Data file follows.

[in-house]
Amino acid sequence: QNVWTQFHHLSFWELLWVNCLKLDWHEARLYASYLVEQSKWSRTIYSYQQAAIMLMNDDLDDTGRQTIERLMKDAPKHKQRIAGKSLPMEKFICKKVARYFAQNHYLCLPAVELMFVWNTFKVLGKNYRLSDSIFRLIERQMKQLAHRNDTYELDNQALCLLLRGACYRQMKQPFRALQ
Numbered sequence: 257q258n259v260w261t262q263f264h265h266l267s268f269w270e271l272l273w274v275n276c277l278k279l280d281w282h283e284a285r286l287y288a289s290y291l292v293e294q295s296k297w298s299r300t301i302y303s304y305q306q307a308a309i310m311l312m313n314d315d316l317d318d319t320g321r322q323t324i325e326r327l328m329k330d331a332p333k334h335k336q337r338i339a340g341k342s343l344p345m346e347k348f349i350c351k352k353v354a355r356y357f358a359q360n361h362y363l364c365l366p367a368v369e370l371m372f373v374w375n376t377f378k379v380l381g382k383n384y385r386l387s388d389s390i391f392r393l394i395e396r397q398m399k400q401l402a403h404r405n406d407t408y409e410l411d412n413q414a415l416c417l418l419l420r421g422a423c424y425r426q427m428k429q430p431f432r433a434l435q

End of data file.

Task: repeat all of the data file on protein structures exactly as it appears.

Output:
[in-house]
Amino acid sequence: QNVWTQFHHLSFWELLWVNCLKLDWHEARLYASYLVEQSKWSRTIYSYQQAAIMLMNDDLDDTGRQTIERLMKDAPKHKQRIAGKSLPMEKFICKKVARYFAQNHYLCLPAVELMFVWNTFKVLGKNYRLSDSIFRLIERQMKQLAHRNDTYELDNQALCLLLRGACYRQMKQPFRALQ
Numbered sequence: 257q258n259v260w261t262q263f264h265h266l267s268f269w270e271l272l273w274v275n276c277l278k279l280d281w282h283e284a285r286l287y288a289s290y291l292v293e294q295s296k297w298s299r300t301i302y303s304y305q306q307a308a309i310m311l312m313n314d315d316l317d318d319t320g321r322q323t324i325e326r327l328m329k330d331a332p333k334h335k336q337r338i339a340g341k342s343l344p345m346e347k348f349i350c351k352k353v354a355r356y357f358a359q360n361h362y363l364c365l366p367a368v369e370l371m372f373v374w375n376t377f378k379v380l381g382k383n384y385r386l387s388d389s390i391f392r393l394i395e396r397q398m399k400q401l402a403h404r405n406d407t408y409e410l411d412n413q414a415l416c417l418l419l420r421g422a423c424y425r426q427m428k429q430p431f432r433a434l435q